As will be apparent from FIG. 9, the upper receiving conveyor section 24 may be separated from the lower receiving conveyor section 26 to permit inspection, cleaning and replacement of the various components of the respective receiving conveyor sections. To facilitate such movement, the upper receiving conveyor section 24 is provided with a laterally spaced pair of upright posts 292 and 293 (FIG. 4) at the upstream end thereof and another pair of laterally spaced upright posts 294 and 295 at the downstream end thereof. Crossbars 296 and 297 respectively interconnect the upper ends of the posts 292, 293 and 294, 295. Thus, the upper receiving conveyor section 24 may be conveniently separated from the lower receiving conveyor section 26 by grasping the crossbars 296 and 297 and shifting the upper receiving conveyor section 24 upwardly away from the lower receiving conveyor section 26. When so separated, most of the components of the piston and cylinder assemblies 233 and 234 remain connected to the lower receiving conveyor section 26, as illustrated in FIG. 9.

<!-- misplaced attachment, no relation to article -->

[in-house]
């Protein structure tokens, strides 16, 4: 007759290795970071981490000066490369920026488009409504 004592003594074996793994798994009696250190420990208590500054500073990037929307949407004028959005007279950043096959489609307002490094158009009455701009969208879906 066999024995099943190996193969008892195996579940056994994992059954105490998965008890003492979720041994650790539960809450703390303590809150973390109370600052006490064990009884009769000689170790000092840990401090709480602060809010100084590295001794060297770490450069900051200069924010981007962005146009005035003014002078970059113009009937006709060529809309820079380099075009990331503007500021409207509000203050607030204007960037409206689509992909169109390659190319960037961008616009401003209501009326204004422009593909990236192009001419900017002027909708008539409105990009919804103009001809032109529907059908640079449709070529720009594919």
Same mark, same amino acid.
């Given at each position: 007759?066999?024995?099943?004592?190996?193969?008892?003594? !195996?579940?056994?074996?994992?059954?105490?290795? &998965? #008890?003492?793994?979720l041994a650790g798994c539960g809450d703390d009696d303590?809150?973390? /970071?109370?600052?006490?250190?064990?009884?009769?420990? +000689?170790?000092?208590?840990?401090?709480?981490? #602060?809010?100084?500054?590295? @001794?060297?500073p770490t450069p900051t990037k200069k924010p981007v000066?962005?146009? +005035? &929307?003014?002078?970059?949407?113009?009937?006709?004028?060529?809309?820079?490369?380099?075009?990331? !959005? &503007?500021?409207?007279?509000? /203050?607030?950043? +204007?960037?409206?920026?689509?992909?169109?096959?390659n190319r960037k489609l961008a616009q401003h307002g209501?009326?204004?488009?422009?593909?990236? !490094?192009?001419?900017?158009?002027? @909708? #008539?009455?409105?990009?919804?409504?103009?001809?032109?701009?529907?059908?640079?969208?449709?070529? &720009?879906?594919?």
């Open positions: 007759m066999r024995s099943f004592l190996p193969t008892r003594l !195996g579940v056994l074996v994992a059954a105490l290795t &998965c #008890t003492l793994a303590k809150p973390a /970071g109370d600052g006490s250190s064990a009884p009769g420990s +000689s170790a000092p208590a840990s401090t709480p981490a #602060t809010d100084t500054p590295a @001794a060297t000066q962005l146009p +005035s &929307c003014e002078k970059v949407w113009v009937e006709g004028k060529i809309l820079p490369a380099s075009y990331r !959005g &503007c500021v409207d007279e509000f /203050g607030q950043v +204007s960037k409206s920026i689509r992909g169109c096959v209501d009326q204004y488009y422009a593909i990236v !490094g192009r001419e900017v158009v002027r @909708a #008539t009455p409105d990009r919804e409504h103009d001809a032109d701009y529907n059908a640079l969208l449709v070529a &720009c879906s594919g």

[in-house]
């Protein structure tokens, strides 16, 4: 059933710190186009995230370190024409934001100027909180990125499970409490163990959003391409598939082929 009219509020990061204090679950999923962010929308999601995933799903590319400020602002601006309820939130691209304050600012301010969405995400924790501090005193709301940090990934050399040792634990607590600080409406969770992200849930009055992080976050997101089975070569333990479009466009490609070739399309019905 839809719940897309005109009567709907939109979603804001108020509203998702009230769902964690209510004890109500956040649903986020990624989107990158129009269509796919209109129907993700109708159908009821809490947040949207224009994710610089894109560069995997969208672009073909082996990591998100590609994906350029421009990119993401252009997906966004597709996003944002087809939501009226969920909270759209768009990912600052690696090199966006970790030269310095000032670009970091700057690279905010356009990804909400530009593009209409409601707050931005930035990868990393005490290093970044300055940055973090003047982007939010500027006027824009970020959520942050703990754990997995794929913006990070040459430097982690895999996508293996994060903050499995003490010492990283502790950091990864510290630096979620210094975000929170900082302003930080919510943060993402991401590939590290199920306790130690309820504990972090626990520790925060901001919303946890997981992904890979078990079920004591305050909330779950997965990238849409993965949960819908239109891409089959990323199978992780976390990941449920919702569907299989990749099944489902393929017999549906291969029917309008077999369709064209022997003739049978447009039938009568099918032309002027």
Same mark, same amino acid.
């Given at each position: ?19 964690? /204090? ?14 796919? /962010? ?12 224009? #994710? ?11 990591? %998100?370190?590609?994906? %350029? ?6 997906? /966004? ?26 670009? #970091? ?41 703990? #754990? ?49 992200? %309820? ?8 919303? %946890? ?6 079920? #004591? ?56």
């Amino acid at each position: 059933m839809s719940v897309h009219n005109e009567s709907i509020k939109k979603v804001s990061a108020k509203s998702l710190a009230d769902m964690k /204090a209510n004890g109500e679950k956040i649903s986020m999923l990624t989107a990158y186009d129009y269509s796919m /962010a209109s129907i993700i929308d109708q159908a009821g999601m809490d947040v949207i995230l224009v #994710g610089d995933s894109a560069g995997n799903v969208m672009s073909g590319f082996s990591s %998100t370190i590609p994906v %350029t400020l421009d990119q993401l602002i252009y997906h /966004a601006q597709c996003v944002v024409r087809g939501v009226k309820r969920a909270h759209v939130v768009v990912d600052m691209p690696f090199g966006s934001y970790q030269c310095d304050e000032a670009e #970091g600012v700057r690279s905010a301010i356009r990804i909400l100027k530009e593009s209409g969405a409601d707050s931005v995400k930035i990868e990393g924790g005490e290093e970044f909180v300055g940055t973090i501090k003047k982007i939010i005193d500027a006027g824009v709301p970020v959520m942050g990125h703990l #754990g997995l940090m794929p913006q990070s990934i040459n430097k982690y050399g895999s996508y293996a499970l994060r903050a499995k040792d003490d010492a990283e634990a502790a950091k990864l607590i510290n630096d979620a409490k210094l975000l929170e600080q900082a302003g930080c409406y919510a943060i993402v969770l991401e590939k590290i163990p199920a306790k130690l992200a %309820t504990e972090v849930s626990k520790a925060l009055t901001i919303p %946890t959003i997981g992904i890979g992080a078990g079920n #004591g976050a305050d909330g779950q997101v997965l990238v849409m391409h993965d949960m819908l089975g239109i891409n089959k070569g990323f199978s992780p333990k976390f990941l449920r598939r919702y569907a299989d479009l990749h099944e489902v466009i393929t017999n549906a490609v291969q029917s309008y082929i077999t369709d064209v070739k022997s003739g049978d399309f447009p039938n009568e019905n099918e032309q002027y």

From the foregoing description, it will now be apparent that, among its other advantages, the indexing conveyor system herein disclosed is capable of receiving items dispensed from a source thereof in a rapidly moving single column, and converting the rapidly moving column into slower moving rows or groups of items for easier handling.